The young criminal already benefits from a ceiling on her sentence since she is a young offender, and regardless of the heinous nature of her crimes, she is granted anonymity, as her real name is the subject of a statutory publication ban (she is known as "JR" only).

For lawyers, the story speaks to her legal legacy, of which JR is unaware. How to deal with children who commit heinous crimes has been a challenge for law-makers since antiquity and has run the gamut from capital punishment to Canada’s "TLC" approach. But even Canada – which rightfully holds itself out as a world’ leader in this area - takes young offender law as a work-in-progress, having reworked and renamed the law three times in the last 20-years. What works or does not work in Regina v JR will be filed in the criminal justice reform database in Ottawa where, like the lives of her victims, will eventually be reduced to a mere data-byte.

The September, 2007 fatal reaction of Kathryn Clarke to cosmetic surgery continues to create headlines such as "MDs Queried Over Training For Cosmetic Procedures".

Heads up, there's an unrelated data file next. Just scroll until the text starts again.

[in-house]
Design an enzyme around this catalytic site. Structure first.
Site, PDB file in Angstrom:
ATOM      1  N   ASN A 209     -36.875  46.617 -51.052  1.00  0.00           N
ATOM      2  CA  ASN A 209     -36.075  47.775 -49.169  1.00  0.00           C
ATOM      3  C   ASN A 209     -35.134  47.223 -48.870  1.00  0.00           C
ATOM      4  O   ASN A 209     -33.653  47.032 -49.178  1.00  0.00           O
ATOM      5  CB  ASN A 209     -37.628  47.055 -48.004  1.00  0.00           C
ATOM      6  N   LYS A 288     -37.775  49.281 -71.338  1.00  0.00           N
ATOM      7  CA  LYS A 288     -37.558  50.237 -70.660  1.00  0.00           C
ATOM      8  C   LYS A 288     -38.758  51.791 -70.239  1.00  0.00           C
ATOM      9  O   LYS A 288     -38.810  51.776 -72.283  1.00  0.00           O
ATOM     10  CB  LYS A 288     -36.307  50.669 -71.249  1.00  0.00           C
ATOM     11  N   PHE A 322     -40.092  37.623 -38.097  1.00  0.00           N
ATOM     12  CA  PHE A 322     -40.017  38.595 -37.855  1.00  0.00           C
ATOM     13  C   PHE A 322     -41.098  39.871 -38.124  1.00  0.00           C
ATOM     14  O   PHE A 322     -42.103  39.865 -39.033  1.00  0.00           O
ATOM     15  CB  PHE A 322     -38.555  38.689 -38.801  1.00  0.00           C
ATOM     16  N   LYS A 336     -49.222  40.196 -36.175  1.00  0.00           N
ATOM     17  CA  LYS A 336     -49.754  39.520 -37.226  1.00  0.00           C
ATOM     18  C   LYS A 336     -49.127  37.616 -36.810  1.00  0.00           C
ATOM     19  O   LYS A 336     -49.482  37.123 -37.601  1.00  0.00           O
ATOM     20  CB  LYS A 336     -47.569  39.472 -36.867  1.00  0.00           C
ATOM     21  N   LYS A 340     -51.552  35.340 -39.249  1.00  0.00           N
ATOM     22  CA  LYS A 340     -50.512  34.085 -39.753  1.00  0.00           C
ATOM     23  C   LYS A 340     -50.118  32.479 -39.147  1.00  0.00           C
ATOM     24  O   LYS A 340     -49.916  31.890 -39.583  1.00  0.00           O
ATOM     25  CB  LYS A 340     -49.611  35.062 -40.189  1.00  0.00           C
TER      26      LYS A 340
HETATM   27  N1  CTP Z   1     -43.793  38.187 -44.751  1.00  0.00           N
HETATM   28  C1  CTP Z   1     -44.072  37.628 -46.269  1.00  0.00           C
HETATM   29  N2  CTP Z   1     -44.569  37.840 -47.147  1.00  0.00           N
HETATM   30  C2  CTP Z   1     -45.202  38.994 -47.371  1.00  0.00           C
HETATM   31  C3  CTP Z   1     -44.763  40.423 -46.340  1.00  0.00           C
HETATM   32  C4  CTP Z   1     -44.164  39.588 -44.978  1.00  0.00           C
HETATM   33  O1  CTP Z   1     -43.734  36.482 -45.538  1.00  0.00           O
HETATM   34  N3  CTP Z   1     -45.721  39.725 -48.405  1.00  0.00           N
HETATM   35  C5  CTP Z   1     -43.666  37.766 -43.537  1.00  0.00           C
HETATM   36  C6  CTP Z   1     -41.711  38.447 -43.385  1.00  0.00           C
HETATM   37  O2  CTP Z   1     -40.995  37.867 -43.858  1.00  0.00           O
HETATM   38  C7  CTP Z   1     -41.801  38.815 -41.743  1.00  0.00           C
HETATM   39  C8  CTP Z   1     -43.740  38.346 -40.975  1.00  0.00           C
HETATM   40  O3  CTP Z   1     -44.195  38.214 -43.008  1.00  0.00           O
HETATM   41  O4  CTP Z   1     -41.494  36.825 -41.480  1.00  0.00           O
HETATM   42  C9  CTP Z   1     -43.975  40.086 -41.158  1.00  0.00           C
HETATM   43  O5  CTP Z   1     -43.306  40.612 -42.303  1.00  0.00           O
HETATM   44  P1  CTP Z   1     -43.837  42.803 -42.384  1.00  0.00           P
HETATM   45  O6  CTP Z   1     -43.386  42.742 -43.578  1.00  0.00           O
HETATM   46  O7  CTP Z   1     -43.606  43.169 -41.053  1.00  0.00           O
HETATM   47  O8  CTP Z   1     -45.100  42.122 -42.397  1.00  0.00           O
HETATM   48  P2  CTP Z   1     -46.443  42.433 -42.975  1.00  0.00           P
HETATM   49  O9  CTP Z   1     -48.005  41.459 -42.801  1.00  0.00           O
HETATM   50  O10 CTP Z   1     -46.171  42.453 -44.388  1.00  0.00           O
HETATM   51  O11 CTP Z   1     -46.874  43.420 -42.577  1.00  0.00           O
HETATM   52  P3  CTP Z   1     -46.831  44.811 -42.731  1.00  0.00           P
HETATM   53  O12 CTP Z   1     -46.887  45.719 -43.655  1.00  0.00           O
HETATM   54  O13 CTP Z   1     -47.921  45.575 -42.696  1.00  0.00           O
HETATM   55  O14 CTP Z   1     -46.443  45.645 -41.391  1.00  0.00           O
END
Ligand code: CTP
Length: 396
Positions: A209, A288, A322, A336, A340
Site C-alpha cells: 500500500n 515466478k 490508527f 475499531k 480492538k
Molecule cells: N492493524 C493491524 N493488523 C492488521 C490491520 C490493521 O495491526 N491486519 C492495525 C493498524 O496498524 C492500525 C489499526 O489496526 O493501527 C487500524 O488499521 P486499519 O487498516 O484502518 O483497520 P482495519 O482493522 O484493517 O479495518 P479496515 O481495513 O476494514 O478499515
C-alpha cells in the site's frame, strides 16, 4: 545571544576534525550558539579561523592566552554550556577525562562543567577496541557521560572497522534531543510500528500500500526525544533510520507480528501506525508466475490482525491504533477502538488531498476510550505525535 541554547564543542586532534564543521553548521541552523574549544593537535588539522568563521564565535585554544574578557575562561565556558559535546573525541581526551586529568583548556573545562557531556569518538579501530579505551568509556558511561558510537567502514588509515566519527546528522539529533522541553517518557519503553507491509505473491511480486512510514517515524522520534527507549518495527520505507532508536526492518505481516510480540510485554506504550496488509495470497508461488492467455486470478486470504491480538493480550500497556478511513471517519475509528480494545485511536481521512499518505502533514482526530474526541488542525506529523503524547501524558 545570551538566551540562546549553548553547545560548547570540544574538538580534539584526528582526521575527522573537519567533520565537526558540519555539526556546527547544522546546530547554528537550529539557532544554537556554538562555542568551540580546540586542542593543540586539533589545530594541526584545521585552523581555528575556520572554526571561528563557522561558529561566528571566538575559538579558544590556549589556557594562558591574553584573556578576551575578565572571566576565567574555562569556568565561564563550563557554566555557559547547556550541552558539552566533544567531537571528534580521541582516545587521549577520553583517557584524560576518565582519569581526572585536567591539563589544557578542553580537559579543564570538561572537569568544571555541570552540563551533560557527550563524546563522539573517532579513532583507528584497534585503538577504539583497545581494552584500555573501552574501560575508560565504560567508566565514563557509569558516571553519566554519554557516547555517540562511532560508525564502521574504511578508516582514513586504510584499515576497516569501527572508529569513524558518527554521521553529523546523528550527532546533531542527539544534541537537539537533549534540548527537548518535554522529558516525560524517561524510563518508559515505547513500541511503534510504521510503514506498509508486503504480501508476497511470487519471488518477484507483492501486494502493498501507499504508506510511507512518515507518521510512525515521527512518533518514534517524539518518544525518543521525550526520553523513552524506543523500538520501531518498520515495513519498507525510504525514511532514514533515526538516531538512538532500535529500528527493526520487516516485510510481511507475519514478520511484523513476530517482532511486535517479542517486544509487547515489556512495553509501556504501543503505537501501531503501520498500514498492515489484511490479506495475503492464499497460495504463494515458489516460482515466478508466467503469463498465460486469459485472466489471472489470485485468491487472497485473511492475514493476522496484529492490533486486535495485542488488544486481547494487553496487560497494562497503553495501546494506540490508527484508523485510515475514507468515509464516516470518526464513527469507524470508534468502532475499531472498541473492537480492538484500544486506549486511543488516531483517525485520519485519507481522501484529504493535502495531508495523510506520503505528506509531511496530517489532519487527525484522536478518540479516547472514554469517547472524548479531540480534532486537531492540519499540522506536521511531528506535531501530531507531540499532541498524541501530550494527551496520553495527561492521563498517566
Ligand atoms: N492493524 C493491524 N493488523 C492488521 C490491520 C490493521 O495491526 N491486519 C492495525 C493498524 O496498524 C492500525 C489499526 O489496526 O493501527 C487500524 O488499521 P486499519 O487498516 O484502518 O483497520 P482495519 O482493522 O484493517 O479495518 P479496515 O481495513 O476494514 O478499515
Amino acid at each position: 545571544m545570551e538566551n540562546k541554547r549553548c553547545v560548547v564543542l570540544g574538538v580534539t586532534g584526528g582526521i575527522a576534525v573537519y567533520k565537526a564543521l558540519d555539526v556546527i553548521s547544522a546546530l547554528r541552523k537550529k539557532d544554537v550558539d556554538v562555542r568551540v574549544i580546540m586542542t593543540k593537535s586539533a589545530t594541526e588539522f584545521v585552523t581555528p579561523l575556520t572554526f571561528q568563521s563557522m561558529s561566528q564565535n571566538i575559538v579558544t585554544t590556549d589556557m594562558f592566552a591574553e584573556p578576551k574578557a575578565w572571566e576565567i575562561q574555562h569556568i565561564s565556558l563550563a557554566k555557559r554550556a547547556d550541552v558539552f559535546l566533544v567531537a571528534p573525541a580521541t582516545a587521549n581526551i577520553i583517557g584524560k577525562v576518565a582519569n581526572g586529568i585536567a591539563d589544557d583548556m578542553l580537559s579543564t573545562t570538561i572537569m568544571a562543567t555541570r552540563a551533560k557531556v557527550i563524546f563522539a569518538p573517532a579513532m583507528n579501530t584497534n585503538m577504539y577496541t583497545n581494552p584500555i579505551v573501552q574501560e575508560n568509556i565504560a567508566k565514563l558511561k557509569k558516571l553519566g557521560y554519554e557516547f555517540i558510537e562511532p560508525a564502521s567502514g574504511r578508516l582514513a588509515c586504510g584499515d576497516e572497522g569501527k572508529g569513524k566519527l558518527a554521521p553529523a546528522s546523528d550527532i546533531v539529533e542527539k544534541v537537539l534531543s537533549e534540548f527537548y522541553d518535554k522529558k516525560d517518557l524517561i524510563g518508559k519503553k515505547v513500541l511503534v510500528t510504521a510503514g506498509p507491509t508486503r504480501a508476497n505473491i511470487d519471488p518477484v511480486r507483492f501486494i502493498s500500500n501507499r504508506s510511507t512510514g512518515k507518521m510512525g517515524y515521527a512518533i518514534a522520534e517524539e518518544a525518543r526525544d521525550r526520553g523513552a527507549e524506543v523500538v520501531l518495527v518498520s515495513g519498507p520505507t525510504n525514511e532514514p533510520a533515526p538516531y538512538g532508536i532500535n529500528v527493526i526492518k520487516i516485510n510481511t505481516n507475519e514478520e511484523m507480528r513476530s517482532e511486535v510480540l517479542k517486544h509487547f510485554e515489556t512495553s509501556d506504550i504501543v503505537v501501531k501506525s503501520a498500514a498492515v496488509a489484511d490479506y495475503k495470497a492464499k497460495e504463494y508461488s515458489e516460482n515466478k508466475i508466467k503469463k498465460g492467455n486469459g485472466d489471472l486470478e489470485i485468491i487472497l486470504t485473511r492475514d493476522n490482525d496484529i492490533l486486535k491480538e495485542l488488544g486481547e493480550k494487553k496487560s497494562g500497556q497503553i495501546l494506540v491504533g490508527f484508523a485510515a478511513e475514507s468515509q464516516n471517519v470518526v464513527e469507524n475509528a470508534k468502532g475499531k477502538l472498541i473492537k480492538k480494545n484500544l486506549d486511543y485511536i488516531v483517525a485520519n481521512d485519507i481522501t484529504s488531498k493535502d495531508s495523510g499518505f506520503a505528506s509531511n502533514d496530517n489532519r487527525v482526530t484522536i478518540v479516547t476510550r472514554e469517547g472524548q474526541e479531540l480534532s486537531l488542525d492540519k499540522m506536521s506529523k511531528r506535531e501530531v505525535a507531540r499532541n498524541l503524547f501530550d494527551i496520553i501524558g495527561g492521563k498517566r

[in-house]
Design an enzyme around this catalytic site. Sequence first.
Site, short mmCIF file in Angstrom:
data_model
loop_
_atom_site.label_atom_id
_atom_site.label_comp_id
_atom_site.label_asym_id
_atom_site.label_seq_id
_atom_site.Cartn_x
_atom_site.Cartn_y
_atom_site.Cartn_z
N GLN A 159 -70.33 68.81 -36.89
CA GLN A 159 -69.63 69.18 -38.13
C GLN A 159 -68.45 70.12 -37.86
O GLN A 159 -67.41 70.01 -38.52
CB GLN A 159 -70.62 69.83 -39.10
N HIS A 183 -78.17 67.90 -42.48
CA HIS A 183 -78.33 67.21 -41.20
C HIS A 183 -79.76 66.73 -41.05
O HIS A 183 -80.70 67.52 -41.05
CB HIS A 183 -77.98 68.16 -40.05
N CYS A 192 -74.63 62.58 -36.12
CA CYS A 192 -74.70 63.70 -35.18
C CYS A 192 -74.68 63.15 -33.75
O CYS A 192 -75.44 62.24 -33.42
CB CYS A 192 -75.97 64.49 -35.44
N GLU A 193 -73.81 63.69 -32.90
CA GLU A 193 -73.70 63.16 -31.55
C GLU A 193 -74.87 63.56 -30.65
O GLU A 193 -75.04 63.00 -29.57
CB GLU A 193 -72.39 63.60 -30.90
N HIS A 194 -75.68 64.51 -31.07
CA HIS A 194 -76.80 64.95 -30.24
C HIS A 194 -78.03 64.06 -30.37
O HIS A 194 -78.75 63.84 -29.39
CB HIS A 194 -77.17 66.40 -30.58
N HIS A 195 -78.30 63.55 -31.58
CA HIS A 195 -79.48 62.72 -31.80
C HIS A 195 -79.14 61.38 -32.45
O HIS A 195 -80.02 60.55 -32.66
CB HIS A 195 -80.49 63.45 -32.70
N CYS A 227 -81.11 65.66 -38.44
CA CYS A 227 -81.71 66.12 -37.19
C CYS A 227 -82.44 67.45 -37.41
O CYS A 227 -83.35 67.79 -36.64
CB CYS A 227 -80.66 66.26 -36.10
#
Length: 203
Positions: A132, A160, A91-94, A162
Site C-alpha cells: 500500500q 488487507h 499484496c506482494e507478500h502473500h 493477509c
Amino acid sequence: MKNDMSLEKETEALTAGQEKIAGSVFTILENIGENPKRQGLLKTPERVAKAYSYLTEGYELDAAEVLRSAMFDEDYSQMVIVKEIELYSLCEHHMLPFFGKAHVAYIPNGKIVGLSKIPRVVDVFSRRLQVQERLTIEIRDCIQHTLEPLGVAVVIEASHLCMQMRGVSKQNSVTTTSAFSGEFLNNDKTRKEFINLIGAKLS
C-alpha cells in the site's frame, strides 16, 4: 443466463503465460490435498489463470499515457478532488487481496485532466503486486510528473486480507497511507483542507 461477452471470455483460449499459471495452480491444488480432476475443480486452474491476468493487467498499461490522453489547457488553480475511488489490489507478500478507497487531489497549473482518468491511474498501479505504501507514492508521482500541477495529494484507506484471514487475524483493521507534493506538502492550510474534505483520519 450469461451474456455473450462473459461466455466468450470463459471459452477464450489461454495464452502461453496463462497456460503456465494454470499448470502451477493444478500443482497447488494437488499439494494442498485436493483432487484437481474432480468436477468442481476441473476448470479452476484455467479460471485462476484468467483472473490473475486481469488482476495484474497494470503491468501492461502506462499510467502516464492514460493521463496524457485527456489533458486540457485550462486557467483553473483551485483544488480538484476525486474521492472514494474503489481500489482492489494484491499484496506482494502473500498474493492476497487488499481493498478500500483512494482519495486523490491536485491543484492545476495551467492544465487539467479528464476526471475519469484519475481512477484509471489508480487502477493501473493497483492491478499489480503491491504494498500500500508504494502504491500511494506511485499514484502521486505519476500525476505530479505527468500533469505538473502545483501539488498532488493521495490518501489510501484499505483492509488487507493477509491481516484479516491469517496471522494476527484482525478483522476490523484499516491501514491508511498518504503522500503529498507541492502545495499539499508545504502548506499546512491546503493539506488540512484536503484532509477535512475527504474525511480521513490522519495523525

Provincial governments defer to professional bodies on such technical issues as medical certifications and procedures. On this issue, to demonstrate that it is being proactive, Ontario’s has sent out questionnaires to all its member/doctors.

Likely taken to be a witch-hunt by some, or an overreaction to an anomaly by others, the debate goes far further than just the regulation of doctors in Ontario.

At issue is also the right to expose oneself to the risks inherent in "self-mutilation" that individuals have in a free and democratic society; to request or receive any surgery - including bigger breasts or facial tucks, or those who are too busy to exercise or show restraint at the dinner table, and who want a liposuction – all of which have nothing to do with health.

Another deadlines yells: "Quebec Task Force Rejects Call To Stop Taser Use", as an unexpected backlash develops to the police’s very reasonable initiative of resorting to taser technology which is now found to be followed by cardiac arrest in a very few of the violent aggressors it is used on.

In a "be careful what you ask for because you might get it" situation, a few angry words of victims’ families wet the appetite of Globe editors, and cry for a ban, with even the saintly Amnesty International joining the fray, as most law enforcement officers probably content to return the to tried, tested and true bullet-hole alternative.

Cemetery law, especially so close to Halloween, is always an eye-catcher, especially with the secondary theme of the murderer of an RCMP officer.

Mostly-sedentary estate lawyers must resent the use of a principle from their law books – that the personal representative makes funeral decisions – in the case of the remains of Constable Leo Johnston.